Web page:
- ESOPs are fringe benefits given to the employees and, hence, they should be taxed
- lEven the US is rethinking the tax sops on ESOPs
- Such options are generally given to senior executives, who are well-off
- Booming services sector, including software, doesn’t need incentives
- ESOPs help retain talent in sectors where the attrition rates are high, and help improve productivity
- But research proves that ESOPs improve productivity and profitability
- They are given to freshers and cut across management hierarchies
- It does indeed need it if India has to emerge as a global knowledge hub
Every year, P. Chidambaram, as Union finance minister, bowls a few budget googlies. In 2004, it was the securities transaction tax that created a furore among investors. Next year, the fringe benefit tax (FBT) and the banking cash transaction tax irked corporates and individuals. In 2006, the FM raised the service tax rate by 2 per cent, and brought more services under its ambit. This budget, India Inc was stumped by the imposition of FBT on Employees’ Stock Options (ESOPs).
Says an unhappy Nasscom president Kiran Karnik: "It just doesn’t make sense. The proposal doesn’t look like it’s been clearly thought out—it is full of confusions." Wipro’s CFO Suresh C. Senapathy feels the tax is "inappropriate and untimely in an environment when the knowledge industry requires focus on building, attracting and retaining talent". In India, ESOPs are the most favoured HR tool to woo employees, especially in IT and BPO segments, known for high attrition rates. For instance, Infosys has issued over 30 million shares as ESOPs at an average price of Rs 850-900 per share.
Clearly, Chidambaram thinks his tax is justified. During post-budget meetings with the media and CEOs, he said "once you concede that ESOP is a fringe benefit, it will have to attract the FBT. The argument that tax on ESOPs will affect the ability of a company to retain talent is misplaced." His advisors maintain that the knowledge sectors, growing as they are at a brisk pace, merit little need to over-incentivise. (This is also the logic behind the decision to bring software firms under the MAT, or minimum alternate tax, net by 2009.)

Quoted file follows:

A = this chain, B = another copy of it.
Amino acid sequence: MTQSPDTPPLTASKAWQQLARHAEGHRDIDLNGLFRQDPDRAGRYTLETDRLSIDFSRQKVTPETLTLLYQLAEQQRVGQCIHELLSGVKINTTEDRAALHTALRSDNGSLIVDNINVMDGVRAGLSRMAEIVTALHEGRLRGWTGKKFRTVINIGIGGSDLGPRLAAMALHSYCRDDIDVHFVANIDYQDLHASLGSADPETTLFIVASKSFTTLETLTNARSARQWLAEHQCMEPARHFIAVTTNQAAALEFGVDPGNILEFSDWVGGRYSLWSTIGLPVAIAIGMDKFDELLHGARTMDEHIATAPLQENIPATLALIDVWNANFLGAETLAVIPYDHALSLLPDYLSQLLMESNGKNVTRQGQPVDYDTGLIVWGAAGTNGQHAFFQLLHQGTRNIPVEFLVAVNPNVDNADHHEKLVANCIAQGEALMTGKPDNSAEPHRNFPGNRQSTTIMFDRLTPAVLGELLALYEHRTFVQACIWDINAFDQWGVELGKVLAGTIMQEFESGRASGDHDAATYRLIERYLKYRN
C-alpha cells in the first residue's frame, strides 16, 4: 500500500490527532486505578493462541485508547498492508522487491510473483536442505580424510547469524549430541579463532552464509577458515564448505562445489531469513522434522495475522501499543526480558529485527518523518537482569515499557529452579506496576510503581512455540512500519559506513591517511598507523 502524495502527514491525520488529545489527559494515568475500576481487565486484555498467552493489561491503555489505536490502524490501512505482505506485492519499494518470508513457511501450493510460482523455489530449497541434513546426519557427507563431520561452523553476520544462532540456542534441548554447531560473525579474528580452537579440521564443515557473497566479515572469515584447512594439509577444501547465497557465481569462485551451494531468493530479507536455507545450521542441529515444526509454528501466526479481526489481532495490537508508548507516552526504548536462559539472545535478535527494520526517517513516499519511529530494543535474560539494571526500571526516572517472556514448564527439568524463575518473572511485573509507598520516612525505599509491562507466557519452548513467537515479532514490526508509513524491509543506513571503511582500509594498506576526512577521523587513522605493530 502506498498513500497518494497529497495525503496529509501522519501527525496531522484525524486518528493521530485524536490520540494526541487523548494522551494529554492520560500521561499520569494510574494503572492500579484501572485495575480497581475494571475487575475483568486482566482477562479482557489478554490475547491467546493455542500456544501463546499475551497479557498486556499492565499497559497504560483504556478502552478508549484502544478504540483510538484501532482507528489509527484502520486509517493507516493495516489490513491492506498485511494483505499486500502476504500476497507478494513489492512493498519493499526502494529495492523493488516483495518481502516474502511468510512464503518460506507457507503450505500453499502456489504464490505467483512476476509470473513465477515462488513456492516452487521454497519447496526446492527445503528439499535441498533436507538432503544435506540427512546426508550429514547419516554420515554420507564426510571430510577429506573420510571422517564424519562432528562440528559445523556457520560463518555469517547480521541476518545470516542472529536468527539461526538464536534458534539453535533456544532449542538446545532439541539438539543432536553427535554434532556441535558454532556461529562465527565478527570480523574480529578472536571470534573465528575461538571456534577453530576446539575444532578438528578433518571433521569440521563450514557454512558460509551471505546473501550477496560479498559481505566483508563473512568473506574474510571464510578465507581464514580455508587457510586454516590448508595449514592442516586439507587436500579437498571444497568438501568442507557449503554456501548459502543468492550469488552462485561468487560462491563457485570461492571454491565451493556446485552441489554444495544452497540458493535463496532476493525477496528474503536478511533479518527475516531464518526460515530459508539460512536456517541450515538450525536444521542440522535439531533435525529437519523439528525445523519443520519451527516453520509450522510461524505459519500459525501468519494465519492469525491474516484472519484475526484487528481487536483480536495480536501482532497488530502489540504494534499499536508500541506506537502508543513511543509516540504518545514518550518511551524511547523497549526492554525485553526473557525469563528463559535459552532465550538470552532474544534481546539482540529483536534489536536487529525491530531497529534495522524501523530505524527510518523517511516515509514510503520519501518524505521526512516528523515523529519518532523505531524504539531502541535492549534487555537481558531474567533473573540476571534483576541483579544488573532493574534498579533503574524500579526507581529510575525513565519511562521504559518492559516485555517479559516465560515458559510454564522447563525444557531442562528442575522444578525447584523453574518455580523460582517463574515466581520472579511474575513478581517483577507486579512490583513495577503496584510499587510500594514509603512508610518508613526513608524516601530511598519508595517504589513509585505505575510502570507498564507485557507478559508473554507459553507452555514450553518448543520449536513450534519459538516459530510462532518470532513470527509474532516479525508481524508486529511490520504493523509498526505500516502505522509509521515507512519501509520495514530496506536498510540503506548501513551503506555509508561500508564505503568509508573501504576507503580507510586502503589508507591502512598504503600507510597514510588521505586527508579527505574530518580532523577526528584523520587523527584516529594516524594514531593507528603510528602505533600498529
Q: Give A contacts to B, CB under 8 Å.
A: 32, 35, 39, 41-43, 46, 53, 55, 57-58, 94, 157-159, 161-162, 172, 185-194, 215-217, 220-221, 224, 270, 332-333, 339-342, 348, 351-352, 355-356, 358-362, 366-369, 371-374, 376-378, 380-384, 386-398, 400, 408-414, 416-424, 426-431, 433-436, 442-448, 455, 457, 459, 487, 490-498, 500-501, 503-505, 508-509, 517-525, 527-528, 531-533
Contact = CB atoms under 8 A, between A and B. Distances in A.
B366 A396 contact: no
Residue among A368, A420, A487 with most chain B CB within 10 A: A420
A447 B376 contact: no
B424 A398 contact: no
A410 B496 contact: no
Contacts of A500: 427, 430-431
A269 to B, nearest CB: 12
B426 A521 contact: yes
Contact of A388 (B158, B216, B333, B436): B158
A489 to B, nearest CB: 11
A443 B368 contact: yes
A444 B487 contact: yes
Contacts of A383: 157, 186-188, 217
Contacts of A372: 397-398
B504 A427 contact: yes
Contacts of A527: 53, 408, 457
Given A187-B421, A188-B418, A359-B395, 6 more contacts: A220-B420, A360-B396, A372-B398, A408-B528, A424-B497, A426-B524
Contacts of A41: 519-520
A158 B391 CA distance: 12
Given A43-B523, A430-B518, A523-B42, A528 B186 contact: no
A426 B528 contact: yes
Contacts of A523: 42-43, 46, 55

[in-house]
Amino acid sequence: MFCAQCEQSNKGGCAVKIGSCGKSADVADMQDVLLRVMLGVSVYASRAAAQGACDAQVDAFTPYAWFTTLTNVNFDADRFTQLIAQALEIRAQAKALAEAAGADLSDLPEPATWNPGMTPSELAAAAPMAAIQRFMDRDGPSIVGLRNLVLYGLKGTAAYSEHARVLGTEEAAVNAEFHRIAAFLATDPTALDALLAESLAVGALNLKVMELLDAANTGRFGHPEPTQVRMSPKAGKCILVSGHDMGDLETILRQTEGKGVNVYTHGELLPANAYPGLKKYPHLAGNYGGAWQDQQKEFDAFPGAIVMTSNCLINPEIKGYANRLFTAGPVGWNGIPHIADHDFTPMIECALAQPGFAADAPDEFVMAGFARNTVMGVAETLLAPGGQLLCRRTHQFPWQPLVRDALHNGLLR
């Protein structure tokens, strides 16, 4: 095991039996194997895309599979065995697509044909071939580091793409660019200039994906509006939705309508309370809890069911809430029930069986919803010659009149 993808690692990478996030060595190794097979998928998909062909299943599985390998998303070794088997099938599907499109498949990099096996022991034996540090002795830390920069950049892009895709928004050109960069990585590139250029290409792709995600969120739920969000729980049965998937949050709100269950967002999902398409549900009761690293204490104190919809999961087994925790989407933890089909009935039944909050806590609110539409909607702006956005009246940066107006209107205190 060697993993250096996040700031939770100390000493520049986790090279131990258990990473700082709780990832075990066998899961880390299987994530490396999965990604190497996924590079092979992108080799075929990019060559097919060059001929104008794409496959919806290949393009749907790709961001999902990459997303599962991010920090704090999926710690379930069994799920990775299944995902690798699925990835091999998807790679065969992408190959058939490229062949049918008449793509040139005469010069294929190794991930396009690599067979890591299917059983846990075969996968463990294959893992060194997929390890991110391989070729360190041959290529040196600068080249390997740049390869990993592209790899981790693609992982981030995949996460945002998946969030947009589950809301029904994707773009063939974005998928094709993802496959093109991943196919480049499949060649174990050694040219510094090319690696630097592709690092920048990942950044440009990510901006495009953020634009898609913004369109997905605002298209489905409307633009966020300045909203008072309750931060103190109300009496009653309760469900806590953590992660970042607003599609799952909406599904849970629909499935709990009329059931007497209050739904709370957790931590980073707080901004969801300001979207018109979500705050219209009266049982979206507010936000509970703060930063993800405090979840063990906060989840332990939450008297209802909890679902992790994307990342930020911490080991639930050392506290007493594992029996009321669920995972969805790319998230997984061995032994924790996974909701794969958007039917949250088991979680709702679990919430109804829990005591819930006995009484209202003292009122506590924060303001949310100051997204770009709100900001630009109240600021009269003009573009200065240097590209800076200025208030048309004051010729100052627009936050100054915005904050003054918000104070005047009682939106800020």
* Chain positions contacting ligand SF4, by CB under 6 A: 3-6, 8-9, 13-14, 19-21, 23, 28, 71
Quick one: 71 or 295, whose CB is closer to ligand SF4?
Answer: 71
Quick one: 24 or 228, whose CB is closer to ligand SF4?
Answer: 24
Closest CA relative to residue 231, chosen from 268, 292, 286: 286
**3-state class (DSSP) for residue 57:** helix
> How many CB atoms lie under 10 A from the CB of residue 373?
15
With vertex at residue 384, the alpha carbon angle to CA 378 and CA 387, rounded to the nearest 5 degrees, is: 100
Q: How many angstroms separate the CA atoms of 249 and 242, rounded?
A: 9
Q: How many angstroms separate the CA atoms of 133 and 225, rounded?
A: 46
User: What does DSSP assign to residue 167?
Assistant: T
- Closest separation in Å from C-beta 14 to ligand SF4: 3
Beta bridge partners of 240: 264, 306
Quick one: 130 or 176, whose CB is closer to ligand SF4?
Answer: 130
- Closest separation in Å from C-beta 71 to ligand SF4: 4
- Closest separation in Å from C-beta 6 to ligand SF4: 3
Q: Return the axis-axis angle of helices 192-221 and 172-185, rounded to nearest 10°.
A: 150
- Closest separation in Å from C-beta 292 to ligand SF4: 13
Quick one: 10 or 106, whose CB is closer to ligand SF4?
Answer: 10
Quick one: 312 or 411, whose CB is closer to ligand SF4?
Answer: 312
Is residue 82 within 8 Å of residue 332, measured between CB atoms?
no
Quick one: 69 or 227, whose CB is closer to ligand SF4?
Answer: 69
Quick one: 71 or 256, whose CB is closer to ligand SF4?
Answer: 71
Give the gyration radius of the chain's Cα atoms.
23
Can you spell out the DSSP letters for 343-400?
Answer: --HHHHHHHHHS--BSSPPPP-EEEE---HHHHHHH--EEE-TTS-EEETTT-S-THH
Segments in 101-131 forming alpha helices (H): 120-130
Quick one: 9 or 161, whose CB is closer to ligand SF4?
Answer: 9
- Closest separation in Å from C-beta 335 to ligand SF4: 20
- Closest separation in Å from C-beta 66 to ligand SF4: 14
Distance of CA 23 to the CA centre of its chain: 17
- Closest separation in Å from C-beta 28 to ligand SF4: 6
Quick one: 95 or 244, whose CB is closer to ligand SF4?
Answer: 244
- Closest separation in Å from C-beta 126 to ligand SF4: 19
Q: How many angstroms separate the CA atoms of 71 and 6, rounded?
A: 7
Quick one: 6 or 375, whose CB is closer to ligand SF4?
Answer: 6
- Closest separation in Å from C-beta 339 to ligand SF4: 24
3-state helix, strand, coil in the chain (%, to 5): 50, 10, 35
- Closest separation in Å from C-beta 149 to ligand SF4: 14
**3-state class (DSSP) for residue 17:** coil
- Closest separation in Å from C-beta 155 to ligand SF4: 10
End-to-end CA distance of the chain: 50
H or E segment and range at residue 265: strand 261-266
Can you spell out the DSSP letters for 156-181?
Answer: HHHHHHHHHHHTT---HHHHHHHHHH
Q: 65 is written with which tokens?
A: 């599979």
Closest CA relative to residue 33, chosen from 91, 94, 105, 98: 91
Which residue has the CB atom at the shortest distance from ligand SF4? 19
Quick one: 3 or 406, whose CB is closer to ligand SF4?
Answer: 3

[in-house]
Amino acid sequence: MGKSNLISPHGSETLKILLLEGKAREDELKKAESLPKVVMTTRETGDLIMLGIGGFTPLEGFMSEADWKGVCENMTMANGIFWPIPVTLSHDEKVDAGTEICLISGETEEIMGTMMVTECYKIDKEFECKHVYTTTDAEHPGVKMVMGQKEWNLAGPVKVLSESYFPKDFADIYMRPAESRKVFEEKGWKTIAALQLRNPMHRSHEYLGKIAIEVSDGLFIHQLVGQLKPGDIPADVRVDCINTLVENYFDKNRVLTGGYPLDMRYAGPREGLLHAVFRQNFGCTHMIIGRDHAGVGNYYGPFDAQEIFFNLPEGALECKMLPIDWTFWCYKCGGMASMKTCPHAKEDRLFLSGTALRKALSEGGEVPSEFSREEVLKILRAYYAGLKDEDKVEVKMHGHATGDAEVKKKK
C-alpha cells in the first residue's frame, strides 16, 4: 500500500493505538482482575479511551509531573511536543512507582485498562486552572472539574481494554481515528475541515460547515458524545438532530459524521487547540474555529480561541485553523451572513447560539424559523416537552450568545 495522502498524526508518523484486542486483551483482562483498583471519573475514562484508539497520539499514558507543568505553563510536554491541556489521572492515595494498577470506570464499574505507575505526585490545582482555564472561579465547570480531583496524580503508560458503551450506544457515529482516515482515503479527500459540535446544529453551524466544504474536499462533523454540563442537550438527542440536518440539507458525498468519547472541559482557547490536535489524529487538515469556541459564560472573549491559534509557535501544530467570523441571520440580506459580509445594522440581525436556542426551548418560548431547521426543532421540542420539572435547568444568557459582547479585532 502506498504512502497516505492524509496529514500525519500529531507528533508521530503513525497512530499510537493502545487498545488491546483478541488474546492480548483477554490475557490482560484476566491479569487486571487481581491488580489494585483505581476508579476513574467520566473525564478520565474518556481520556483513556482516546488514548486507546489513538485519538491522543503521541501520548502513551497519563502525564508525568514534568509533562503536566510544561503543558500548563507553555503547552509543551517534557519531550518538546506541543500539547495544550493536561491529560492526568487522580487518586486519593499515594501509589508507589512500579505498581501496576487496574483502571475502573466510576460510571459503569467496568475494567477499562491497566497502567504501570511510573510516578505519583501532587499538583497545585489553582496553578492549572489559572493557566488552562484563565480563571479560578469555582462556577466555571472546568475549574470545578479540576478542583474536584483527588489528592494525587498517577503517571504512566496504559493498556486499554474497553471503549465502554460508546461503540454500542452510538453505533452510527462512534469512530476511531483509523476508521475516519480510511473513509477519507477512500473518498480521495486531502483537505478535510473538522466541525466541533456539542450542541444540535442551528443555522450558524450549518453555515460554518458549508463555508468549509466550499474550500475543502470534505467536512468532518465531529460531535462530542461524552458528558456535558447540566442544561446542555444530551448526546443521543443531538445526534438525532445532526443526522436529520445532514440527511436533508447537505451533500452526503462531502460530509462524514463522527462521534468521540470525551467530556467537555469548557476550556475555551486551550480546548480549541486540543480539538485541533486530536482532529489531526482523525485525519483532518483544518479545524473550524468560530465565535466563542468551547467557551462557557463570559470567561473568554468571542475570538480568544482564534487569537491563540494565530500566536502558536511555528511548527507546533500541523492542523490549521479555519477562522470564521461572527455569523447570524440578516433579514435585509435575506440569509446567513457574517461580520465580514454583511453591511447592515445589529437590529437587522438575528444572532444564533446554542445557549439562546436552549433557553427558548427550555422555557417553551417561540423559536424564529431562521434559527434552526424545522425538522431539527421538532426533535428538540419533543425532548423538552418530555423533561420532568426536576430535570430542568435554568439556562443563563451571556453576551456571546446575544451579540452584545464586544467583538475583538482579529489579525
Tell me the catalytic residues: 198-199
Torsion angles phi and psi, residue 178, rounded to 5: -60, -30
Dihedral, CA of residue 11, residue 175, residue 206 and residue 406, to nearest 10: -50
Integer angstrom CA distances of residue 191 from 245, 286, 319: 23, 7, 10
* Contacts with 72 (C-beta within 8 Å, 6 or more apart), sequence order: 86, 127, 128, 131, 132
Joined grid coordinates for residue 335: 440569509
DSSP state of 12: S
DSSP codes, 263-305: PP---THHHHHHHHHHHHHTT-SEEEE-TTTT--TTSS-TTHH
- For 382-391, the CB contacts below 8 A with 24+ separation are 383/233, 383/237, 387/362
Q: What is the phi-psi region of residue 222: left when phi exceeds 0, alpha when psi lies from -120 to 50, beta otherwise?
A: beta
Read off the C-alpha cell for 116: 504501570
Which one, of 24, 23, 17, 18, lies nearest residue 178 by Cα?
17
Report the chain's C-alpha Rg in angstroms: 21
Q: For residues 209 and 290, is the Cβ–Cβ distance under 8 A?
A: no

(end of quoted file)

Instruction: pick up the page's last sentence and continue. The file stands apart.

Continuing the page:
The software sector disagrees. First, it questions the philosophy behind the tax, which will be paid by the employers. Says Balakrishnan V., CFO, Infosys: "Nowhere in the world is ESOP taxed as an employer’s benefit. It is taxed as a capital gain or a perk at the employee level." By imposing FBT on stock options, the employers will now pay a tax when its employees exercise the right to get the shares, and the employees will pay the capital gains tax when they sell them. It’s another matter there’s no capital gains tax if the employees hold the shares for over a year.
Experts feel the impact of the tax on larger firms like Infosys and Wipro will be to the range of 1-3 per cent of their earnings. This is because they either offer restricted options or have stopped them. But the effect will be more for mid-sized firms and start-ups. Notes Karnik: "ESOPs are critical for start-ups to attract people. Without this option, why would anyone join a start-up? ESOPs imply the principle of spreading ownership. By imposing a tax on them, you are disincentivising it." More importantly, the employees will end up paying the tax as firms will pass on the burden to them.
What has upset the industry is the complexity and uncertainty in calculating the tax. Amar Chintopath, ED and CEO, 3i Infotech, a midcap software firm, deems the burden as "unpredictable". The reason, explains Balakrishnan, is due to two unknown factors—the date the options are exercised, which will depend on the employees, and the stock price on that day, which will depend on market forces. Both these aspects will come into play as FBT will be calculated on the difference between the price at which ESOPs are issued and the market price on the day they are exercised. As of now, no one knows of the underlying formula to calculate FBT on ESOPs.